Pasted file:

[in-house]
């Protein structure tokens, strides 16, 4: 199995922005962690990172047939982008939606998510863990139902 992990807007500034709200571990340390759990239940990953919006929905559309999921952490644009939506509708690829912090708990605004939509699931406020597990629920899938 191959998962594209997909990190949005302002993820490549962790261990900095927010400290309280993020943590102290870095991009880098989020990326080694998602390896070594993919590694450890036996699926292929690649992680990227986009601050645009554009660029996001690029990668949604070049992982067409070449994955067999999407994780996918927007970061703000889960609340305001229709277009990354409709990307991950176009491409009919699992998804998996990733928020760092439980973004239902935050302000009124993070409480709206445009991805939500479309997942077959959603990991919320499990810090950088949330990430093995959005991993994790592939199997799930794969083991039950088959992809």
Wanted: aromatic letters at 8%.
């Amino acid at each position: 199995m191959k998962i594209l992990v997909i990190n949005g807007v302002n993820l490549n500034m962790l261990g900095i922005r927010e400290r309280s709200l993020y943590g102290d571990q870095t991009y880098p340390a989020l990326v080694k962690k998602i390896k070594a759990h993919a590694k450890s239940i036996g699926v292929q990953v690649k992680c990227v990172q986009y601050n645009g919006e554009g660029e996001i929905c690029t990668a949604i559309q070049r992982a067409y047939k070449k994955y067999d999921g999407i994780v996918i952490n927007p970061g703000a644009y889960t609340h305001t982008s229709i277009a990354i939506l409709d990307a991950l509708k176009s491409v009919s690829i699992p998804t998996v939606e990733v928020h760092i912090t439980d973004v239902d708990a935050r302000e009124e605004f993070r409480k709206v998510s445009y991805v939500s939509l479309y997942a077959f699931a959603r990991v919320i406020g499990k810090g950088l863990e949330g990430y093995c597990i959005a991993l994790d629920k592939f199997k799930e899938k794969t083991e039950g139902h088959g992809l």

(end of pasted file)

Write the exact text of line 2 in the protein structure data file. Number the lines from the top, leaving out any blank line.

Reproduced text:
């Protein structure tokens, strides 16, 4: 199995922005962690990172047939982008939606998510863990139902 992990807007500034709200571990340390759990239940990953919006929905559309999921952490644009939506509708690829912090708990605004939509699931406020597990629920899938 191959998962594209997909990190949005302002993820490549962790261990900095927010400290309280993020943590102290870095991009880098989020990326080694998602390896070594993919590694450890036996699926292929690649992680990227986009601050645009554009660029996001690029990668949604070049992982067409070449994955067999999407994780996918927007970061703000889960609340305001229709277009990354409709990307991950176009491409009919699992998804998996990733928020760092439980973004239902935050302000009124993070409480709206445009991805939500479309997942077959959603990991919320499990810090950088949330990430093995959005991993994790592939199997799930794969083991039950088959992809």